- This recommendation will prevent most, but cannot prevent all, instances of secondary spread. the risk of transmission after recovery is likely substantially less than that during illness; recovered persons will not be shedding large amounts of virus by this point, if they are shedding at all. Employers and local public health authorities can choose to apply more stringent criteria for certain persons where a higher threshold to prevent transmission is warranted.
The CDC continues to prioritize testing for persons without symptoms who are prioritized by health departments or clinicians, for any reason, including but not limited to: public health monitoring, sentinel surveillance, or screening of other asymptomatic individuals according to state and local plans.
This key imperative to test prioritized asymptomatic patients, coupled with guidance from the CDPHE regarding the importance of protecting staff and residents in congregate care settings, underscores the need to increase testing capabilities.
Select excerpts from the interim guidance on testing & cohorting:
- Why large-scale testing is important:
- Cohorting residents within a facility is difficult without expanded testing. Residents with illness and unknown COVID-19 status should not be cohorted with COVID-19-positive residents. Without expanded testing, LTCFs might implement cohorting strategies that could increase transmission within the facility
- Residents and staff with asymptomatic and presymptomatic SARS-CoV-2 infection, who likely play a significant role in transmission, cannot be identified without testing.
- After conducting large scale testing across residents and staff, residents and staff that tested negative in round 1 should : test weekly; if positive results are received during rounds of testing, consult CDPHE HAI SMEs; consider continuing until two rounds of negative testing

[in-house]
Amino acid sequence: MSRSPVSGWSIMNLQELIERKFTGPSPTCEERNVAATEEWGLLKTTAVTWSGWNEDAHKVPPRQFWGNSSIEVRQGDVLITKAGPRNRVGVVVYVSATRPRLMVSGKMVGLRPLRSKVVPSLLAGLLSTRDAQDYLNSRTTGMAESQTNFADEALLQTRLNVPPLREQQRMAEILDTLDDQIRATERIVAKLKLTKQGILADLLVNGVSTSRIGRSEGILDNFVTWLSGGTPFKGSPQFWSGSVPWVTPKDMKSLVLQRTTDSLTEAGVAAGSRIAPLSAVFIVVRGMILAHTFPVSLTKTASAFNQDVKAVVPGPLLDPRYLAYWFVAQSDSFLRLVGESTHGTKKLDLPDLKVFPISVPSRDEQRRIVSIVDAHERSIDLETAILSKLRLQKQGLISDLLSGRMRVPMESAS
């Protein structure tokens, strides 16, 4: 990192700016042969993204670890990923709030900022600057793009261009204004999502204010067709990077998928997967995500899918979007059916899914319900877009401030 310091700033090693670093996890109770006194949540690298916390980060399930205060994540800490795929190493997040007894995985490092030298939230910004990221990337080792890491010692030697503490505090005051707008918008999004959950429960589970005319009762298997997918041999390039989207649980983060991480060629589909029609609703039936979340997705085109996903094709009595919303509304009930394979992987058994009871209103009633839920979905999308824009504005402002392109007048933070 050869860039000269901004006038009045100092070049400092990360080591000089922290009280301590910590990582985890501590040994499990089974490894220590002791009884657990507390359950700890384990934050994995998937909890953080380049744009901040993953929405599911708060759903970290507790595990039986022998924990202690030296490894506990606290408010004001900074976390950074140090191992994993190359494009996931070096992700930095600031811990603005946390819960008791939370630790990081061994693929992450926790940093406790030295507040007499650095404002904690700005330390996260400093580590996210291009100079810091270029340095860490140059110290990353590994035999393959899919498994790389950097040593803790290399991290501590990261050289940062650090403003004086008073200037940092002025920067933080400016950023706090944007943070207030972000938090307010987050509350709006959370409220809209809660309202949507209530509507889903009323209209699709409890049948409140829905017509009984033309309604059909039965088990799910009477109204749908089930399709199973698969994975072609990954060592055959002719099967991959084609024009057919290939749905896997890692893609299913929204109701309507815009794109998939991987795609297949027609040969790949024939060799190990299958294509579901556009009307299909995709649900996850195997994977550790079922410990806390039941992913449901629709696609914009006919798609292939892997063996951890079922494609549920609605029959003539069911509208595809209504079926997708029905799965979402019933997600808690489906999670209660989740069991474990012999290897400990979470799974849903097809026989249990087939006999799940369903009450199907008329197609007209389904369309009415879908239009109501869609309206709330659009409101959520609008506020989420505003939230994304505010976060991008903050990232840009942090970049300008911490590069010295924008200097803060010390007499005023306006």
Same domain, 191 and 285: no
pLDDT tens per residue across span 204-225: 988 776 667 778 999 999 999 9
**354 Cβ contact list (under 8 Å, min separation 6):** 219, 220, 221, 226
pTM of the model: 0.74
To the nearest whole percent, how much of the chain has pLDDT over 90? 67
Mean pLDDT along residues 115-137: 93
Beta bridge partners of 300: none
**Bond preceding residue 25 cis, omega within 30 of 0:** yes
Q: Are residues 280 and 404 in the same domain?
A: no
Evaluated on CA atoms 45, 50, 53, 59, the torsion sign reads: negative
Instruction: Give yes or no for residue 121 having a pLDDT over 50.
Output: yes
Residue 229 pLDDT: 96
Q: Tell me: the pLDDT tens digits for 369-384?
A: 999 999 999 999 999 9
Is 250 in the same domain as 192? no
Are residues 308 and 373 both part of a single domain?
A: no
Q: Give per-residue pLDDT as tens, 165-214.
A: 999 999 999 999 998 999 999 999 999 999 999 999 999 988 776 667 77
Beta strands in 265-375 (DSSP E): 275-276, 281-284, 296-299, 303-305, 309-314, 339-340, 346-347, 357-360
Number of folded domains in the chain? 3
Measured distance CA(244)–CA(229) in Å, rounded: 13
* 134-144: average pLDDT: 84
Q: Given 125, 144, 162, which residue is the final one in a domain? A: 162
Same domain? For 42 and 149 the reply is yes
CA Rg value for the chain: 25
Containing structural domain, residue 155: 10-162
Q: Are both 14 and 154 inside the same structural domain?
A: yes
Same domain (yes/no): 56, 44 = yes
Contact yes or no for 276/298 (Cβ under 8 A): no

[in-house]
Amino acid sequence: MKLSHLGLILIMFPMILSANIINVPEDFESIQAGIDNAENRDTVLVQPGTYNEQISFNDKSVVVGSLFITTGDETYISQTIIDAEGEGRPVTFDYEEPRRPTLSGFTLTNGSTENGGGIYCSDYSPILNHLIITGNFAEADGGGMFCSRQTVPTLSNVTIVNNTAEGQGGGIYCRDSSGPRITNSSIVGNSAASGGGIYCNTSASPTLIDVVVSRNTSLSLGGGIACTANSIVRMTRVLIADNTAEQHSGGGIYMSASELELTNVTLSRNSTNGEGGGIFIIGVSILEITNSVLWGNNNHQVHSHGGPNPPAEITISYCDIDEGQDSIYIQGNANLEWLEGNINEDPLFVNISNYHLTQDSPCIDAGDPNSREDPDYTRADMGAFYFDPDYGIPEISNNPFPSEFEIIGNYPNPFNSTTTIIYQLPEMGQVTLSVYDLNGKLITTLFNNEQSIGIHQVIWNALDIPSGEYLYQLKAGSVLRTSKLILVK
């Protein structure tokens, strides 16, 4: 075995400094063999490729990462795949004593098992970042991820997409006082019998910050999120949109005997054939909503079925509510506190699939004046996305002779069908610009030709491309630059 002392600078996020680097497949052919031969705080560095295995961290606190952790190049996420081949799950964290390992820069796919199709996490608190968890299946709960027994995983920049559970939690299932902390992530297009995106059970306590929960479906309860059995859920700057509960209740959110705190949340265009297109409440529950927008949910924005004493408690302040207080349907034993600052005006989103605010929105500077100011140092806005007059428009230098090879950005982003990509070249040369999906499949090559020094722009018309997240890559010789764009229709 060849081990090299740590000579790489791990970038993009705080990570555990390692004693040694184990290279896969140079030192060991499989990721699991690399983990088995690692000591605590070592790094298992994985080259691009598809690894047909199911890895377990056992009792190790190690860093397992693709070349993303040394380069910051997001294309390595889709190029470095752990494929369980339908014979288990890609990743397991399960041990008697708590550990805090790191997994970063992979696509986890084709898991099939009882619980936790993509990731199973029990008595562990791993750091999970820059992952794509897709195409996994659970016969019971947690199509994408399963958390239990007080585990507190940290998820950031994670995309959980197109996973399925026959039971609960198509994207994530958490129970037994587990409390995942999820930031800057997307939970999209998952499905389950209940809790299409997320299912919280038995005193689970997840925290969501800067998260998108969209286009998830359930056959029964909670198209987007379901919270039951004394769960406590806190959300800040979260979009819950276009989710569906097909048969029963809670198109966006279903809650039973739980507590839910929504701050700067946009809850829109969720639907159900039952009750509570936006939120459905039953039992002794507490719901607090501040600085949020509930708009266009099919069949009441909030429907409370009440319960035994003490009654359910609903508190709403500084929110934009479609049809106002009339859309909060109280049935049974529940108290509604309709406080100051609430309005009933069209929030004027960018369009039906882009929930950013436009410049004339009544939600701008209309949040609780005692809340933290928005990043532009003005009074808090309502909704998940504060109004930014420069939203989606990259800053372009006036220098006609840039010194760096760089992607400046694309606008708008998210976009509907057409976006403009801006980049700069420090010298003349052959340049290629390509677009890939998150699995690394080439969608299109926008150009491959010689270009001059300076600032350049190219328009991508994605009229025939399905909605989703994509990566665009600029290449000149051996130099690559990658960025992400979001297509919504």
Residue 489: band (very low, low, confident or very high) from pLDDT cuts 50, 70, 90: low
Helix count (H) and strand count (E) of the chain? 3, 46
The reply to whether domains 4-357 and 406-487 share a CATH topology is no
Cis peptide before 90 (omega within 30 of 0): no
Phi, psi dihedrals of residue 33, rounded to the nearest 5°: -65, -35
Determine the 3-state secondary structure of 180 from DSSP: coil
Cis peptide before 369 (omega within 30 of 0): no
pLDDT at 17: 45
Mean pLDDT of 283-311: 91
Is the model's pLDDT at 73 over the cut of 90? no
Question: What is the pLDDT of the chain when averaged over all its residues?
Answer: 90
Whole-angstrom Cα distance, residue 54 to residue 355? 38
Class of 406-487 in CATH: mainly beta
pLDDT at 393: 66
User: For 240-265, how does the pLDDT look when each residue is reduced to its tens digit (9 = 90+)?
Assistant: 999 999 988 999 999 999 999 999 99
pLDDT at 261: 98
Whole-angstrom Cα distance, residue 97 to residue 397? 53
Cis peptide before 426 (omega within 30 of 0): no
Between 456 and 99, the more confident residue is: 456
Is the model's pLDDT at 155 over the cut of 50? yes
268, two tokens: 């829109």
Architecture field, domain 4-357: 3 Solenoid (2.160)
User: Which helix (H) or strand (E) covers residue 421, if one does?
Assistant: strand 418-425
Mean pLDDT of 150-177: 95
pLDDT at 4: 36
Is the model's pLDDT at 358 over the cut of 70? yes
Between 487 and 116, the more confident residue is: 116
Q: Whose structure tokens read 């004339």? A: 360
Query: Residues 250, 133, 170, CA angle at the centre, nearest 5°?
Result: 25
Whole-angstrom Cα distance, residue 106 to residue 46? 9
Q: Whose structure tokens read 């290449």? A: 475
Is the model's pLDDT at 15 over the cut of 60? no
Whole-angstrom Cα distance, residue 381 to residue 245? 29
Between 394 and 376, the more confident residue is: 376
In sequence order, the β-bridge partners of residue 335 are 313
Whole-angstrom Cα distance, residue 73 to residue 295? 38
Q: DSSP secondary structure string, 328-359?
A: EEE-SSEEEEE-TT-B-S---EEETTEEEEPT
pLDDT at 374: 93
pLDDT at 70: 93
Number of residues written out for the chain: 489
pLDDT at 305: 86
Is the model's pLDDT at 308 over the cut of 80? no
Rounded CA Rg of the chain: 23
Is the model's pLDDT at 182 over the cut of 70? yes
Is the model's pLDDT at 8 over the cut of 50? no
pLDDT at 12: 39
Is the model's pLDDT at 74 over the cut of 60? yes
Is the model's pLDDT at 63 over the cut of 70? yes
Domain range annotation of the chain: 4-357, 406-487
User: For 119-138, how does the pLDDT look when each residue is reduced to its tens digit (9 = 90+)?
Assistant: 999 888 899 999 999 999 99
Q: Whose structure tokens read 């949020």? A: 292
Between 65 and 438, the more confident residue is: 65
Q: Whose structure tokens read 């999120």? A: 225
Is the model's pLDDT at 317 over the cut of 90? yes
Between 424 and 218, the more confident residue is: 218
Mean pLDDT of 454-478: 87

A reminder on Public Health order 2020 published in late April:
- This order requires all CO licensed or certified long term care facilities (including AL) take a number of steps to help prevent and control outbreaks. Requirements include:
- A severe limit on visitors
- At-the-door symptom check for all employees, vendors and visitors before entering the facility
- People with Covid-19 symptoms or positive tests be isolated
- Ensuring all residents have access to necessary medical care
- Facility residents and employees wear a mask or other face covering when in public (not only while working)
- Employees must wear an appropriate mask at all times when in the facility.
- After confirming documentation of positive status and
- Proof of use of one of the CDC’s approved clearance strategies listed above.
Potential residents with no known previous COVID positive test
- A resident without known COVID history should have risk assessed for exposures, including:
- COVID-19 positive caregiver (family, hospice, home health) within last 14 days
- COVID-19 positive person living with patient who has not been cleared formally
- Persons with respiratory symptoms visiting or caregiving for the patient
- ER visit to a facility with known COVID cases in last 14 days
- Hospitalization in last 14 days
- SNF or Rehab visit in last 14 days
- Multiple caregivers necessary for routine care
- Any patient with high risk exposure should be isolated for 14 days prior to move in
- Isolation is defined as having no high-risk exposures
- Have no visitors except for typical caregivers
- All patients, regardless of high-risk exposures, should be tested and receive a negative result prior to move in whenever possible.
- When patients are unable to isolate for a full 14 days, the accepting community should utilize COVID Transmission Based precautions (Full PPE) for 14 days upon move-in.
For any communities needing assistance clearing residents for move-in, please contact Bloom.
Our previous COVID-19 communications and recommendations can be found at: bloomhealthcare.com/news/
We appreciate your partnership and continued diligence.
Thomas Lally, MD